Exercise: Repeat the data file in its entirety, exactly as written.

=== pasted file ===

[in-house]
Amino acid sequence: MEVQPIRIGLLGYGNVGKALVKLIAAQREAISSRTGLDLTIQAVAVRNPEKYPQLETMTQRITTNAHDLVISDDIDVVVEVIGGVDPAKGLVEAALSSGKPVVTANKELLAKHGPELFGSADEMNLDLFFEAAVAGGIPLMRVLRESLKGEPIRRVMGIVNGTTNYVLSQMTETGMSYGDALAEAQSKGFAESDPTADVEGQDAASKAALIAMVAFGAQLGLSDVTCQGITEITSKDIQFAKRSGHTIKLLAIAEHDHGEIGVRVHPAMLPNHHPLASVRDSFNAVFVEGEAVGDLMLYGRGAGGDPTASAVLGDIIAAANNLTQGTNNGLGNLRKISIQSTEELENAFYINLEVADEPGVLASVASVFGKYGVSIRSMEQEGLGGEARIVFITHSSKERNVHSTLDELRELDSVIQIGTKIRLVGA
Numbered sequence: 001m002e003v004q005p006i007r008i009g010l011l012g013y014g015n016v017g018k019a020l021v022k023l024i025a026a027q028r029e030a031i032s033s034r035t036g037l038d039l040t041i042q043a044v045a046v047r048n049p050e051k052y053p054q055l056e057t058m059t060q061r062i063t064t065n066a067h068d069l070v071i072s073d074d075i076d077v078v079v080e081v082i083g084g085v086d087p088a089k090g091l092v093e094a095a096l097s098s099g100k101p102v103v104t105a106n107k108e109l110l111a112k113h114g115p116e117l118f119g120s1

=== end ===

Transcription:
[in-house]
Amino acid sequence: MEVQPIRIGLLGYGNVGKALVKLIAAQREAISSRTGLDLTIQAVAVRNPEKYPQLETMTQRITTNAHDLVISDDIDVVVEVIGGVDPAKGLVEAALSSGKPVVTANKELLAKHGPELFGSADEMNLDLFFEAAVAGGIPLMRVLRESLKGEPIRRVMGIVNGTTNYVLSQMTETGMSYGDALAEAQSKGFAESDPTADVEGQDAASKAALIAMVAFGAQLGLSDVTCQGITEITSKDIQFAKRSGHTIKLLAIAEHDHGEIGVRVHPAMLPNHHPLASVRDSFNAVFVEGEAVGDLMLYGRGAGGDPTASAVLGDIIAAANNLTQGTNNGLGNLRKISIQSTEELENAFYINLEVADEPGVLASVASVFGKYGVSIRSMEQEGLGGEARIVFITHSSKERNVHSTLDELRELDSVIQIGTKIRLVGA
Numbered sequence: 001m002e003v004q005p006i007r008i009g010l011l012g013y014g015n016v017g018k019a020l021v022k023l024i025a026a027q028r029e030a031i032s033s034r035t036g037l038d039l040t041i042q043a044v045a046v047r048n049p050e051k052y053p054q055l056e057t058m059t060q061r062i063t064t065n066a067h068d069l070v071i072s073d074d075i076d077v078v079v080e081v082i083g084g085v086d087p088a089k090g091l092v093e094a095a096l097s098s099g100k101p102v103v104t105a106n107k108e109l110l111a112k113h114g115p116e117l118f119g120s1